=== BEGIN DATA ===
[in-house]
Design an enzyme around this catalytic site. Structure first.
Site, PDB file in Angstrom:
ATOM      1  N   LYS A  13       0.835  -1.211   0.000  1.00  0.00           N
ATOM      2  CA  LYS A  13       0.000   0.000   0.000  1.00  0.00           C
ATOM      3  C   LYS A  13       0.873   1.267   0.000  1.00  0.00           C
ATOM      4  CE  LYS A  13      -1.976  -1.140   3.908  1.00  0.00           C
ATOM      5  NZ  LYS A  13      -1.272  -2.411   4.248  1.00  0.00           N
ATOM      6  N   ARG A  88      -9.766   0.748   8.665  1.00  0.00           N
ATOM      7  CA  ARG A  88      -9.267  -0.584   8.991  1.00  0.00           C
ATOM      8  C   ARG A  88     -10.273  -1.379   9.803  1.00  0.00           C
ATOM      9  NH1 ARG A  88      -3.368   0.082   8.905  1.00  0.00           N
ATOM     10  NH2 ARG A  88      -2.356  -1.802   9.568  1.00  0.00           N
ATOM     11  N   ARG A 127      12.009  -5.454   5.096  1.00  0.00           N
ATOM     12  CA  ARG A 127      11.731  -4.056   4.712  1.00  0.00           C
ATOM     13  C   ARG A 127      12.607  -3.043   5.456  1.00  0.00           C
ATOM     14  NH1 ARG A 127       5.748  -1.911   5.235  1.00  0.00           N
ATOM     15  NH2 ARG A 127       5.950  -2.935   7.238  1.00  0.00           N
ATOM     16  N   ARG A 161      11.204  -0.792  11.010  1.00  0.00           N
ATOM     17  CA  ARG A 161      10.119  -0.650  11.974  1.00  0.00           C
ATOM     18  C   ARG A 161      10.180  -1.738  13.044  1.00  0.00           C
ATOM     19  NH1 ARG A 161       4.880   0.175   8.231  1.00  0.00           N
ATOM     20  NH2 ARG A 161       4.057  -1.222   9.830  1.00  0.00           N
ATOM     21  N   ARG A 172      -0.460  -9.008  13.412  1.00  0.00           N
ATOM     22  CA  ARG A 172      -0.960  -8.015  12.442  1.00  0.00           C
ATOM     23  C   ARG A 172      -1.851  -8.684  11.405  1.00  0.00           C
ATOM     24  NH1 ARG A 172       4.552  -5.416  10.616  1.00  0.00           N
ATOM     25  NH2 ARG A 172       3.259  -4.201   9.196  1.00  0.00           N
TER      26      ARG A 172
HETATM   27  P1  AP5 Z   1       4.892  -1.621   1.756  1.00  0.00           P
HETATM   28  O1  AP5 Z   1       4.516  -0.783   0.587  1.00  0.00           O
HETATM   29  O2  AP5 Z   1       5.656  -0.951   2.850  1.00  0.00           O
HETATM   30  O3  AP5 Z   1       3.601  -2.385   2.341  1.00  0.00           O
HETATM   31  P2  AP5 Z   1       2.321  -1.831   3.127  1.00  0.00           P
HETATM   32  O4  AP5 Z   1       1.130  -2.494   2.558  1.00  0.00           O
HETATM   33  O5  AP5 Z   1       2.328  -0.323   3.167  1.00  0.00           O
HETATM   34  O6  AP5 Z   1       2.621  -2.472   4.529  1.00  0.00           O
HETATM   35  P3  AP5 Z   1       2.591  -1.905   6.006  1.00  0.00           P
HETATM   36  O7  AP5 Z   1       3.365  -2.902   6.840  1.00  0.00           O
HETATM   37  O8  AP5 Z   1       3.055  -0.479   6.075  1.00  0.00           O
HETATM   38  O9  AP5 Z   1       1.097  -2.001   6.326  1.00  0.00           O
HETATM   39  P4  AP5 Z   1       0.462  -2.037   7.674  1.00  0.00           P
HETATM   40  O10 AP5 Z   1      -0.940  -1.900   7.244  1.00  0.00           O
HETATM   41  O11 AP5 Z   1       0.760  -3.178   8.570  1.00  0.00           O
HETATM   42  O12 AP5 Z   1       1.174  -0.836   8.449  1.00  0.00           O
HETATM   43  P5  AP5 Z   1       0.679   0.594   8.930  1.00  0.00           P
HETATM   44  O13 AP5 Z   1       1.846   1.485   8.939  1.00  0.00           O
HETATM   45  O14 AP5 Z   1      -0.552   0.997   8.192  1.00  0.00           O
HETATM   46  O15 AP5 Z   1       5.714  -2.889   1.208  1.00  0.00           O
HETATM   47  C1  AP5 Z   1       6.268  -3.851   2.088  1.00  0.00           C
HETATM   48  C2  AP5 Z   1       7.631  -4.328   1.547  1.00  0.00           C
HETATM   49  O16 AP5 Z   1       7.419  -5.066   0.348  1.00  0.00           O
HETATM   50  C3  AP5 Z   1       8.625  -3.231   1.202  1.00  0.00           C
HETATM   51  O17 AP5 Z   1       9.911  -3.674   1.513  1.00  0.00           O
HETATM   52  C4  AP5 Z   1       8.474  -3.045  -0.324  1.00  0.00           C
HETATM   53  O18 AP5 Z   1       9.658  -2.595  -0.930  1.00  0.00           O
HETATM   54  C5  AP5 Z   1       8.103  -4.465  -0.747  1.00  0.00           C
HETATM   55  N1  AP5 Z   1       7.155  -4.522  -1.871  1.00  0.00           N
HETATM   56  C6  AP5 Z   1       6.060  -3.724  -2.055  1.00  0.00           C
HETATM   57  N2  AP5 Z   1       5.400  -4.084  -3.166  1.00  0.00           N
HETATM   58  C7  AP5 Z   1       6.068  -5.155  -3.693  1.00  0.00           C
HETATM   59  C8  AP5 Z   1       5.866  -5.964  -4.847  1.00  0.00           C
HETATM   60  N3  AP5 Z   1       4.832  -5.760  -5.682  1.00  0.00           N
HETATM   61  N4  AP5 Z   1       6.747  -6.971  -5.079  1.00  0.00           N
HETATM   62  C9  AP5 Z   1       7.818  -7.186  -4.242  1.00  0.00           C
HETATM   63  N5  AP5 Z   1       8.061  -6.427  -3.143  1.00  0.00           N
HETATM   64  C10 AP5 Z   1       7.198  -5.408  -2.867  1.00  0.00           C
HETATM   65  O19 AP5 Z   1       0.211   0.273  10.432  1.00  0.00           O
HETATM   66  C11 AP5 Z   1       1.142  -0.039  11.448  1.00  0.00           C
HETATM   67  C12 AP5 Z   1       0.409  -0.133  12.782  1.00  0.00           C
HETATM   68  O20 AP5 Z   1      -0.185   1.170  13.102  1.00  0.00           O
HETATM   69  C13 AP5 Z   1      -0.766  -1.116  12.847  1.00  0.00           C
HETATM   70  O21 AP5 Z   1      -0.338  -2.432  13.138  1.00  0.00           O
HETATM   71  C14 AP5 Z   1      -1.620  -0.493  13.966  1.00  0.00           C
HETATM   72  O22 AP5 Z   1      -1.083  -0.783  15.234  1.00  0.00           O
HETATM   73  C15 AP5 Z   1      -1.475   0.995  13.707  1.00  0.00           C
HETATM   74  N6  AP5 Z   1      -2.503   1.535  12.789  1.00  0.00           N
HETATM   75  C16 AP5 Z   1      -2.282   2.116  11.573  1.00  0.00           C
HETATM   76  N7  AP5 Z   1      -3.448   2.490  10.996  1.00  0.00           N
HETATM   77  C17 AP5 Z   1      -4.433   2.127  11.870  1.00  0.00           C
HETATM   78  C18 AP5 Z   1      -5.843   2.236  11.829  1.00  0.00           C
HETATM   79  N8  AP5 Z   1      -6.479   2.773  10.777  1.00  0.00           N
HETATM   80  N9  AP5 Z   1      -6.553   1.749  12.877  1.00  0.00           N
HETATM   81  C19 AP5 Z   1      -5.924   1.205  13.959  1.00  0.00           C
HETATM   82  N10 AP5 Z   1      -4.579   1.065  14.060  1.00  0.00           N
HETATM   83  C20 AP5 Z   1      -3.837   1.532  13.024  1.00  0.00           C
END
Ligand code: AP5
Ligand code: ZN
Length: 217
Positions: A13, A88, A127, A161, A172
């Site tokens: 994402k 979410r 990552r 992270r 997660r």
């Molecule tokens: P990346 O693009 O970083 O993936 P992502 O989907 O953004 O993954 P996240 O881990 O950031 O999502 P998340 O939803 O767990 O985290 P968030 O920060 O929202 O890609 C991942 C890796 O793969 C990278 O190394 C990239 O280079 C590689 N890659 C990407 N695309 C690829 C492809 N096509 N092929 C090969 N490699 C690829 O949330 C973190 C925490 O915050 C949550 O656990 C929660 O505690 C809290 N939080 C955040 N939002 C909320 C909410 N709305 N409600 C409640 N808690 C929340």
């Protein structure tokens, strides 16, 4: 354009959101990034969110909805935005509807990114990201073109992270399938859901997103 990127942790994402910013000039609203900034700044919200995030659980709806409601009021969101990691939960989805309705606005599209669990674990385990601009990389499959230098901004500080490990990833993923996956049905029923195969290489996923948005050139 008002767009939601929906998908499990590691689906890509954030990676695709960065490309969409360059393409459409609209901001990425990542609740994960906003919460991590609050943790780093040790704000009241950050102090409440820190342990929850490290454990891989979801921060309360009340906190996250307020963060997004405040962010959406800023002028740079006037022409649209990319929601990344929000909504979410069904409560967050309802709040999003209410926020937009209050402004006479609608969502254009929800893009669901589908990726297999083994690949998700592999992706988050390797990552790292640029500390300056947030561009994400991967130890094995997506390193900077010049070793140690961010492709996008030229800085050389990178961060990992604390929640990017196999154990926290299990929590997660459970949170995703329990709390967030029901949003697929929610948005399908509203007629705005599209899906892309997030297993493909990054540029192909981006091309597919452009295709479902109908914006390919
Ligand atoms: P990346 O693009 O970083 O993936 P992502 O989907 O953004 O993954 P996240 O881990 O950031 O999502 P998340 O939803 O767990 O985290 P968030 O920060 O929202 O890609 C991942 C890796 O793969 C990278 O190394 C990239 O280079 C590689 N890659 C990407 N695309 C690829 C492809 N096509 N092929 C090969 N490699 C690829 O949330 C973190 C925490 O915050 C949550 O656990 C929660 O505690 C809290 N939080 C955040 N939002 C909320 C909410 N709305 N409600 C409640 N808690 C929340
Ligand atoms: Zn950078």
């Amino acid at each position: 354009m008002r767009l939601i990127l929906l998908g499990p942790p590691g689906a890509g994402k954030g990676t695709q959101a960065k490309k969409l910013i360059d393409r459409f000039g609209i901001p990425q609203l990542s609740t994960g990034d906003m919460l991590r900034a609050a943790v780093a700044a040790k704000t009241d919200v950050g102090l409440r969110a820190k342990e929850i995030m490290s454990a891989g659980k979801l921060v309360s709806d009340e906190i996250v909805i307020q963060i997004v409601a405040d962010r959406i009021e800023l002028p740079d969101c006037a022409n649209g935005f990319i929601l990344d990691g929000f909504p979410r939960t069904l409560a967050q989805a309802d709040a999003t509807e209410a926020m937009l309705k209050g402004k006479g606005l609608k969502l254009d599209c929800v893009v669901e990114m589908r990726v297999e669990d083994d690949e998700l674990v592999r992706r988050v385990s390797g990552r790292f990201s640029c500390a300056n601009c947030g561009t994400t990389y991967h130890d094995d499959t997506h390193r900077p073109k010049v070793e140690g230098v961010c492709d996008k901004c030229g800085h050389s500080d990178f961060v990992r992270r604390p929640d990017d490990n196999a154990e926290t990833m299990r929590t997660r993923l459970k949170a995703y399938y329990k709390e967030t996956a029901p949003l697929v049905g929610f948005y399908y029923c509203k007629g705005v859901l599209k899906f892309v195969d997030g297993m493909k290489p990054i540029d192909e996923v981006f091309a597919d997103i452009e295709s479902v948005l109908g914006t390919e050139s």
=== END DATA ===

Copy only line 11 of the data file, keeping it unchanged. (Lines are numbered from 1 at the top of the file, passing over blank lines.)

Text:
ATOM      8  C   ARG A  88     -10.273  -1.379   9.803  1.00  0.00           C